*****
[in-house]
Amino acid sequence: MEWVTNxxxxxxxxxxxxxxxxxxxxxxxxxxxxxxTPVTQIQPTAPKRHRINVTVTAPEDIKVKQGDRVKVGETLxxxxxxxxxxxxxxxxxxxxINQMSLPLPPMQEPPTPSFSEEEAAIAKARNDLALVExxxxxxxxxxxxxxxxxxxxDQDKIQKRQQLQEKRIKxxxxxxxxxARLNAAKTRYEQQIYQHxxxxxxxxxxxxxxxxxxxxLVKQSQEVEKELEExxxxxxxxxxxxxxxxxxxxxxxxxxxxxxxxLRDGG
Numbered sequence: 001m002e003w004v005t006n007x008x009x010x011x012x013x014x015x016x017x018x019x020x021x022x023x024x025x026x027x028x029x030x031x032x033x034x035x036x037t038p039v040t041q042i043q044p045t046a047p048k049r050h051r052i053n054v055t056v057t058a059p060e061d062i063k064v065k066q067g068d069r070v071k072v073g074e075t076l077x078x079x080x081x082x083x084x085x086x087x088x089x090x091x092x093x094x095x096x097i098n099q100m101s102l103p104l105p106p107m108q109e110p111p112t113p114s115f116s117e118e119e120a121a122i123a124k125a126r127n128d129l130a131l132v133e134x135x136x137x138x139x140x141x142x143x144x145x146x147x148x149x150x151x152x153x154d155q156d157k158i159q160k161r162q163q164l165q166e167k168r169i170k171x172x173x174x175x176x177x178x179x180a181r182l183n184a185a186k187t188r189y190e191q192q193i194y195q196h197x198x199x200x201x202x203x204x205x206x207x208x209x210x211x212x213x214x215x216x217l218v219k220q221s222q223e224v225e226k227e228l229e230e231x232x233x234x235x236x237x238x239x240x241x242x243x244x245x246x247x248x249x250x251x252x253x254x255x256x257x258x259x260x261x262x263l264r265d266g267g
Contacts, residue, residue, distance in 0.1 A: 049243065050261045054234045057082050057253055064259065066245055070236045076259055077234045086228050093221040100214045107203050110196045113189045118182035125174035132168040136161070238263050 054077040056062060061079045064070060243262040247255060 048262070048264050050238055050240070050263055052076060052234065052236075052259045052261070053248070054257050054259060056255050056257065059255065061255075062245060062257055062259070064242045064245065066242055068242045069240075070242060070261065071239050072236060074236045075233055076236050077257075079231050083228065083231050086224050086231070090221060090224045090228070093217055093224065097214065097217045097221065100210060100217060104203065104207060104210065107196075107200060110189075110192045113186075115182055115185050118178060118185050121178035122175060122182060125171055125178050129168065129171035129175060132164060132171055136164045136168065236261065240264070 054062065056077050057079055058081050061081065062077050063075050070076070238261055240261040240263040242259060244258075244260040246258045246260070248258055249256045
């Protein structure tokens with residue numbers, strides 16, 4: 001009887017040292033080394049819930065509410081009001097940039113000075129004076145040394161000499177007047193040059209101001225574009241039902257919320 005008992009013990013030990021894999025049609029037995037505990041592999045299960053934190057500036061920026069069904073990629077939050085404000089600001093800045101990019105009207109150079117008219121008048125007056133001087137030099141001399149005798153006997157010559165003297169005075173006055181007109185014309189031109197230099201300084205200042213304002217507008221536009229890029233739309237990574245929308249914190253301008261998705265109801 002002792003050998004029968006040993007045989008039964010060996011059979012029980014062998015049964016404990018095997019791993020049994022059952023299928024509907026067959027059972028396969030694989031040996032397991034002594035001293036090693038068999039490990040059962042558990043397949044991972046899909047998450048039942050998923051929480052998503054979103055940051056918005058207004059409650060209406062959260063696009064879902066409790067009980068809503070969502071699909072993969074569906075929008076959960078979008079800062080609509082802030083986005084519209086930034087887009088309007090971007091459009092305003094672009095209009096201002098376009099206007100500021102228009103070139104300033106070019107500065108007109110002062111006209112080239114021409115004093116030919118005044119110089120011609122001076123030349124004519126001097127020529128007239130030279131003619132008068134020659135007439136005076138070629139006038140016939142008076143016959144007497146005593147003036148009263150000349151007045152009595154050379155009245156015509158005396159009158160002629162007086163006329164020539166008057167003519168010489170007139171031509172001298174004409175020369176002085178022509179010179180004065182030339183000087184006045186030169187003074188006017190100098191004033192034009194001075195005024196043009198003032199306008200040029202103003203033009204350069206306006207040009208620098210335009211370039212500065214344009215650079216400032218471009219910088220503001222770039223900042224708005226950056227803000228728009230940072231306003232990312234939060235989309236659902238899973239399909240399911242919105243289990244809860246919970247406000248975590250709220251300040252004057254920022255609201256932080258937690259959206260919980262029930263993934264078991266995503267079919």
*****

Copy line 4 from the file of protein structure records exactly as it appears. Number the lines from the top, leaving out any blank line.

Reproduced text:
Contacts, residue, residue, distance in 0.1 A: 049243065050261045054234045057082050057253055064259065066245055070236045076259055077234045086228050093221040100214045107203050110196045113189045118182035125174035132168040136161070238263050 054077040056062060061079045064070060243262040247255060 048262070048264050050238055050240070050263055052076060052234065052236075052259045052261070053248070054257050054259060056255050056257065059255065061255075062245060062257055062259070064242045064245065066242055068242045069240075070242060070261065071239050072236060074236045075233055076236050077257075079231050083228065083231050086224050086231070090221060090224045090228070093217055093224065097214065097217045097221065100210060100217060104203065104207060104210065107196075107200060110189075110192045113186075115182055115185050118178060118185050121178035122175060122182060125171055125178050129168065129171035129175060132164060132171055136164045136168065236261065240264070 054062065056077050057079055058081050061081065062077050063075050070076070238261055240261040240263040242259060244258075244260040246258045246260070248258055249256045